Joker: Art and Tragedy

“There’s a point far out there when the rules aren’t weapons anymore; they’re shackles, letting the bad guy get ahead.”


Those were the lines through which The Dark Knight trilogy (2005-2012) justified chaos, societal disparity, and mass unrest. It did so with congruent storytelling, tight cinematography, and with two paradigm-shifting performances in antagonism across three movies! Christopher Nolan changed comic books forever, with his idea of Batman. But the character that he reconstructed from the most rudimentary psychological grains was the Joker. 

It’s been seven years since The Dark Knight Rises (2012). There have been other interpretations of The Joker. Some tried too hard to be radical, while the others failed to bring out any radicalism at all.

Enter Joaquin Phoenix

Over the course of the decade, The Joker, as a character, has become a cult in itself. Be it the comic book aficionados, the cinema buffs, or the mainstream movie-going audience, everyone is a part of that cult. And yet, Mr. Phoenix managed to capture everyone’s imagination, seamlessly. From the haunting mirror shots, the broken dances oozing tragic beauty, to the harrowing insanity in his eyes, it was a deep dive into the psyche of The Joker. 

There were subtle reverberations of Martin Scorsese’s Taxi Driver (1973) felt throughout the movie. With a society, on the brink of collapse, a government full of lies, and multitudes of volatile elements on thin ice, Gotham is portrayed to explode any minute! The set design also mirrors Arthur Fleck’s attire in the subtlest possible ways. That backstage shot of Arthur’s, before going up on the Murray Franklin Show is a great example of just how gorgeously nuanced the set was! 

Over the course of the last 30-minutes of reel-time, Gotham’s social structure had seemingly collapsed, fuelled by a myriad of reasons. With the widespread economic disparity in the city, apathy spread like wildfire. Everyone wanted to bring down the rich to uplift the poor. No one wanted to listen anymore. Gotham had become a suppressed timebomb, whose ticks no one could hear, but everyone could feel! All it took was one detached, deranged clown, with a point to make against the society that violated him mentally, to liberate Gotham into flames! This whole concept is vividly reminiscent of James McTeigue’s V for Vendetta (2005), where a man in a Guy Fawkes mask channels the angst of a whole city to rebel against the dictating government.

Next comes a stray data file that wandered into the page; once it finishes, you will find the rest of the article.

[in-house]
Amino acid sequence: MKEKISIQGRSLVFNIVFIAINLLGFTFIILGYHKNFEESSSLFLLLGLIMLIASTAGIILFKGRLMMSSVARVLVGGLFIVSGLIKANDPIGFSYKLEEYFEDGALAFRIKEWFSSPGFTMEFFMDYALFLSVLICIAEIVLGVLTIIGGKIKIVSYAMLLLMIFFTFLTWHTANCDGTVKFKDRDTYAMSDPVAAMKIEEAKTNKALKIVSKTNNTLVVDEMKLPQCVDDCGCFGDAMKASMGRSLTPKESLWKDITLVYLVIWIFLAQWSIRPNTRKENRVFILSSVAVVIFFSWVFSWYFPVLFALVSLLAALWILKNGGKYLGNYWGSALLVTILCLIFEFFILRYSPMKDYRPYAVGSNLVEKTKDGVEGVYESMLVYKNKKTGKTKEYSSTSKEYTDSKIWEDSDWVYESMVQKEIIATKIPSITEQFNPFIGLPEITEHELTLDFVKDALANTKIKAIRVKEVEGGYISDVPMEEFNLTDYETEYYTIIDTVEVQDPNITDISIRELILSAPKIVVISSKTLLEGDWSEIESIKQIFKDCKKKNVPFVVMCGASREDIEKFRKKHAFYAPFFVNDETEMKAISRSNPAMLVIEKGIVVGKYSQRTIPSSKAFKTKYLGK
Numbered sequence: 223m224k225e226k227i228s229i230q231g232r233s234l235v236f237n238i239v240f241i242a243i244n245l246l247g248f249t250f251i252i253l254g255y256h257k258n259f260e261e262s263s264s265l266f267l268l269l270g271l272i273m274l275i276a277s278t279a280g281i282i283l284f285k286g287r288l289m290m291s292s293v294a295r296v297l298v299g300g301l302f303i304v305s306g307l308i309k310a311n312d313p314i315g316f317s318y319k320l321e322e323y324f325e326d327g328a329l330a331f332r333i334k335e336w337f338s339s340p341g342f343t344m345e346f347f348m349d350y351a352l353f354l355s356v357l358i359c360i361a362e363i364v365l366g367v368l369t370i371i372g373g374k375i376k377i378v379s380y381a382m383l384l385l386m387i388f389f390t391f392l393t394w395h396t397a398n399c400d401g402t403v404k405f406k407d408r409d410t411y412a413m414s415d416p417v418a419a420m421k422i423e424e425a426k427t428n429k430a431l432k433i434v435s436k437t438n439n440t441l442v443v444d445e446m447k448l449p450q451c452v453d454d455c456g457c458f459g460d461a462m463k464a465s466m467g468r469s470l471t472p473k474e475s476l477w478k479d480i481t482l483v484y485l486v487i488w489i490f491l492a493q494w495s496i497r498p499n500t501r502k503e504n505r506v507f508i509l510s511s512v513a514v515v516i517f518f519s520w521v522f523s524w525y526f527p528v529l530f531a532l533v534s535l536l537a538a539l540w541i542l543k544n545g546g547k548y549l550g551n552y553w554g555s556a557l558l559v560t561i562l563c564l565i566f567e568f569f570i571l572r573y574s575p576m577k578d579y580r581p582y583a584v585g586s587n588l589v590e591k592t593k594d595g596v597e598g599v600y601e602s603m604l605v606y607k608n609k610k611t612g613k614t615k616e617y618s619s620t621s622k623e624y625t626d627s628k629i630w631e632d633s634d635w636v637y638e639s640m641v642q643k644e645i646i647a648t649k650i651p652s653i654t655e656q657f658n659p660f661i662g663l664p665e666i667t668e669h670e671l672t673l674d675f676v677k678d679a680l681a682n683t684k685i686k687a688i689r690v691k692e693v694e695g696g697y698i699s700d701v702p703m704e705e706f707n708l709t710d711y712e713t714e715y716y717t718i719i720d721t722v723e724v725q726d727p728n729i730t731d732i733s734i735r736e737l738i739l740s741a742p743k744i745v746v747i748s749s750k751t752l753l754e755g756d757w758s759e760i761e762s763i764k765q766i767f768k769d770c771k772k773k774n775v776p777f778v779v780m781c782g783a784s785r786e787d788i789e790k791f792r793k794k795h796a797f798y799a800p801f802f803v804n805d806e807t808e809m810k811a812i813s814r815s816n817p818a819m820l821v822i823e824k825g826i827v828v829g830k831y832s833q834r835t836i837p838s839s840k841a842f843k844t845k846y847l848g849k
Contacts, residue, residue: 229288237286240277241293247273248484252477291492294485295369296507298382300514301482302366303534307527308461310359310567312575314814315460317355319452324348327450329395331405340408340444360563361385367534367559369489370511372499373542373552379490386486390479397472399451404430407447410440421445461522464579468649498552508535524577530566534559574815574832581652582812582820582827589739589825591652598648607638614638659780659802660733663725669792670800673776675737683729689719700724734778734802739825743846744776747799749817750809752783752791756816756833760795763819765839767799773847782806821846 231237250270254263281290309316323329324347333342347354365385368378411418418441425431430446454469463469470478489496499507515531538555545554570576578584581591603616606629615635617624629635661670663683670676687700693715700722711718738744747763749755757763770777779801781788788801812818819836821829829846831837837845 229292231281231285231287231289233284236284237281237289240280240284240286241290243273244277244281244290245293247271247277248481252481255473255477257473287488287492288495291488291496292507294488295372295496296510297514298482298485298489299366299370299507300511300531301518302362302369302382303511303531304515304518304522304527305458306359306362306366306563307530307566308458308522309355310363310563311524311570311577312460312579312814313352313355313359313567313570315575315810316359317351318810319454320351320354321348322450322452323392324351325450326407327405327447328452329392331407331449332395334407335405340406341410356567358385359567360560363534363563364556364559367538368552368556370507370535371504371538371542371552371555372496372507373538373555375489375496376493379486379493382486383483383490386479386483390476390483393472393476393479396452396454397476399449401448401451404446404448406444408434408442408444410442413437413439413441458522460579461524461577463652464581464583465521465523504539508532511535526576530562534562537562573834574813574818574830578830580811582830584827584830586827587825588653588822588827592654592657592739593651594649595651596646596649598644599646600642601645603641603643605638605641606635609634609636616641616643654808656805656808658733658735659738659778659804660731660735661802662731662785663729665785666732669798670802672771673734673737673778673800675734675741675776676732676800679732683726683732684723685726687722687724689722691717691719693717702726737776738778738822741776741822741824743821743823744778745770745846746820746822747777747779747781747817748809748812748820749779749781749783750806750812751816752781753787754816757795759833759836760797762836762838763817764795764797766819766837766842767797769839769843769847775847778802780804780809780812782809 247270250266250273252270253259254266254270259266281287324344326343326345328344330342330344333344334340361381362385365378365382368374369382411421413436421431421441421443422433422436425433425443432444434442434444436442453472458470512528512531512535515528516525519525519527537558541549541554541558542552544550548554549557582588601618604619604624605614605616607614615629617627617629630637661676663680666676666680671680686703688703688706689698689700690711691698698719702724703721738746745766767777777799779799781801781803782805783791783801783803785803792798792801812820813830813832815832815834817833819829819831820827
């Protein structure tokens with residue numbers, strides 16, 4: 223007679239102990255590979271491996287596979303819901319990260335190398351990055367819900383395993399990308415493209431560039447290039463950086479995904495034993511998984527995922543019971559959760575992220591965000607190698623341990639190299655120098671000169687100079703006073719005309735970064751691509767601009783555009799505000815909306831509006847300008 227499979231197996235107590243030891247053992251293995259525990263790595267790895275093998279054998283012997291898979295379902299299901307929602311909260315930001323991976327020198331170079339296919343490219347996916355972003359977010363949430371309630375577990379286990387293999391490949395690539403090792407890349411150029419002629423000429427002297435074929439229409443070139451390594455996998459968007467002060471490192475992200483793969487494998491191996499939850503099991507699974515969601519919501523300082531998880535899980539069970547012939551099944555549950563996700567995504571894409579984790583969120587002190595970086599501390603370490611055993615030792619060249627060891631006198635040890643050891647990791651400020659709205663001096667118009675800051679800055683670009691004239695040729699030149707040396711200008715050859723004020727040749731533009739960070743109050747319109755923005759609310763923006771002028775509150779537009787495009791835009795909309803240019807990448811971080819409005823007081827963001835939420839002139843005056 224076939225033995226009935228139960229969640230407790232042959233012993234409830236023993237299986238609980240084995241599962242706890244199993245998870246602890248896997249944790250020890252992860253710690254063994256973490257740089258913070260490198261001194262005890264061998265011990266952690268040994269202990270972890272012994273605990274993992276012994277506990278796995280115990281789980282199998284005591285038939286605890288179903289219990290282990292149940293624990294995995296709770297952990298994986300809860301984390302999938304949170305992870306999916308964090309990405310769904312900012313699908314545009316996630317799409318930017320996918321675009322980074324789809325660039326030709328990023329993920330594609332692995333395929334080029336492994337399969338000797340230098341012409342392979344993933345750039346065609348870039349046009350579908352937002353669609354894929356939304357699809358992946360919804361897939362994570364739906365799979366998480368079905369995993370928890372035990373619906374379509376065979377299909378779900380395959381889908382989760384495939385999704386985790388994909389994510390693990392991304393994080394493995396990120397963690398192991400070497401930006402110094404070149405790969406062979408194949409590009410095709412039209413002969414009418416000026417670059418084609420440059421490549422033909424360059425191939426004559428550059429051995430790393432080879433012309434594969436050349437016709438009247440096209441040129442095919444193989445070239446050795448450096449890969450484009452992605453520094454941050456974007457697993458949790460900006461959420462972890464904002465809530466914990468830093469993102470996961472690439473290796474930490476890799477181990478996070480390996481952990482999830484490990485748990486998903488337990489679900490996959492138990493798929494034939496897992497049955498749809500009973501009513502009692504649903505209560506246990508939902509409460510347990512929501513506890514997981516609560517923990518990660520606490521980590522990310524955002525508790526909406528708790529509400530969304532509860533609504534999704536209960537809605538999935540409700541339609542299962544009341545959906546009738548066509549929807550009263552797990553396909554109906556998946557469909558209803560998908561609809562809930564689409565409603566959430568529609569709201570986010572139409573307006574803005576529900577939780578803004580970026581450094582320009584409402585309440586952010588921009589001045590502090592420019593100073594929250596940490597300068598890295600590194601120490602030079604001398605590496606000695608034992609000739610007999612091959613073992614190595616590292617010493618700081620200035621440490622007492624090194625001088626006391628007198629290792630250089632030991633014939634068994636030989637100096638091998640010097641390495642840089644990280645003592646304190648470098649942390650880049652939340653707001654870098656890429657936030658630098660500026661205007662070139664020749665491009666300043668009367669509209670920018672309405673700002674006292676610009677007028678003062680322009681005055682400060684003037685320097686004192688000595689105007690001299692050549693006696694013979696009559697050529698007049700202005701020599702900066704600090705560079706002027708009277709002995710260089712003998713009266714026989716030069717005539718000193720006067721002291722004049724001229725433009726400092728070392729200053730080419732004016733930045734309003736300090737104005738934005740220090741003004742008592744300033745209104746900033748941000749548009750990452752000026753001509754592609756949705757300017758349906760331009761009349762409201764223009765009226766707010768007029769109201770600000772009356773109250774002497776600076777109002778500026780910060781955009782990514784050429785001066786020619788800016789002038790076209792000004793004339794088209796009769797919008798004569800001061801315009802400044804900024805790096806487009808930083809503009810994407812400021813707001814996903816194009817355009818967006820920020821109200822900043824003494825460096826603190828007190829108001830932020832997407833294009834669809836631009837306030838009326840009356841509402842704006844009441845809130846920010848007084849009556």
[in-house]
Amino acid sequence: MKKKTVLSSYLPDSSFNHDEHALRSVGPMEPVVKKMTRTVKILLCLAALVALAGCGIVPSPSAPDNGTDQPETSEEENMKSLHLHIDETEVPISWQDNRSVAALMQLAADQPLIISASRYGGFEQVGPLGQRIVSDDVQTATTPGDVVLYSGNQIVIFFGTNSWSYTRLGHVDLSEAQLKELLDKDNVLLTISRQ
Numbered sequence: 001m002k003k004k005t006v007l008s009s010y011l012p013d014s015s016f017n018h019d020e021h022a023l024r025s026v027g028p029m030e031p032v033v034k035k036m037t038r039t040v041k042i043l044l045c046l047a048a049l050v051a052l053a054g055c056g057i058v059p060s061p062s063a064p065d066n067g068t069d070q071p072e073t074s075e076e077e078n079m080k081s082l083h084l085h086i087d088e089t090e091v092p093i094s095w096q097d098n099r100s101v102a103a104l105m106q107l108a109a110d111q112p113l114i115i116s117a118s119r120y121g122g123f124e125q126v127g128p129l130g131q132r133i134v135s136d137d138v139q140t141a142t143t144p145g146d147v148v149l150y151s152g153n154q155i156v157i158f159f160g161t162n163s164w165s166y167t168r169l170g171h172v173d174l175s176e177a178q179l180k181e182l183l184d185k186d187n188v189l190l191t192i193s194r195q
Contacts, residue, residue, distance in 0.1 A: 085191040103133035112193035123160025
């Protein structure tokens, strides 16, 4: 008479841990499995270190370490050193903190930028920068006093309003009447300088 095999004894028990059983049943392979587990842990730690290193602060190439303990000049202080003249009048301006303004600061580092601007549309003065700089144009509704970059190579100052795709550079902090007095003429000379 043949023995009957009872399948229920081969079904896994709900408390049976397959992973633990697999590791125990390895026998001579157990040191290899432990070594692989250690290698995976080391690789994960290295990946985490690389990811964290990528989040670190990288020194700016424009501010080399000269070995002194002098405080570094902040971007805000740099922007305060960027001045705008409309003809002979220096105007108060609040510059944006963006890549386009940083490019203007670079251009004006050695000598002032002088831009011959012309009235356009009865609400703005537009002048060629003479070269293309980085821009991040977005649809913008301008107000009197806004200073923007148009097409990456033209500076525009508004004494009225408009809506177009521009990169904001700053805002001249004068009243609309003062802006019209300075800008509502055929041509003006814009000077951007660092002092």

At a psychoanalytical level too, the movie was astoundingly accurate! Arthur Fleck’s only consistent connection to the outside world was his bed-rested mother. The irony in their equation is one of the most beautiful aspects of the movie. His mother was the single, thin string that held his life and his mind together. He understood that, eventually. This sets up perhaps the darkest scene in the entire movie – Arthur asphyxiating his mother to death in her hospital bed. His liberation had no bounds from thereon. He was finally free! The thumping background score added a touch of minimalist surrealism towards the end too, with Cream’s White Room (1968) setting the tone for what was to come next! 

Very few movies manage to juxtapose the two realities of their psychoanalytical characters before and after their moment of liberation. But, Joker did so effortlessly!


It’s not the perfect movie. It is dark, it is tragic, and it is evocative! There’s so much beauty in it all. It’s art in motion.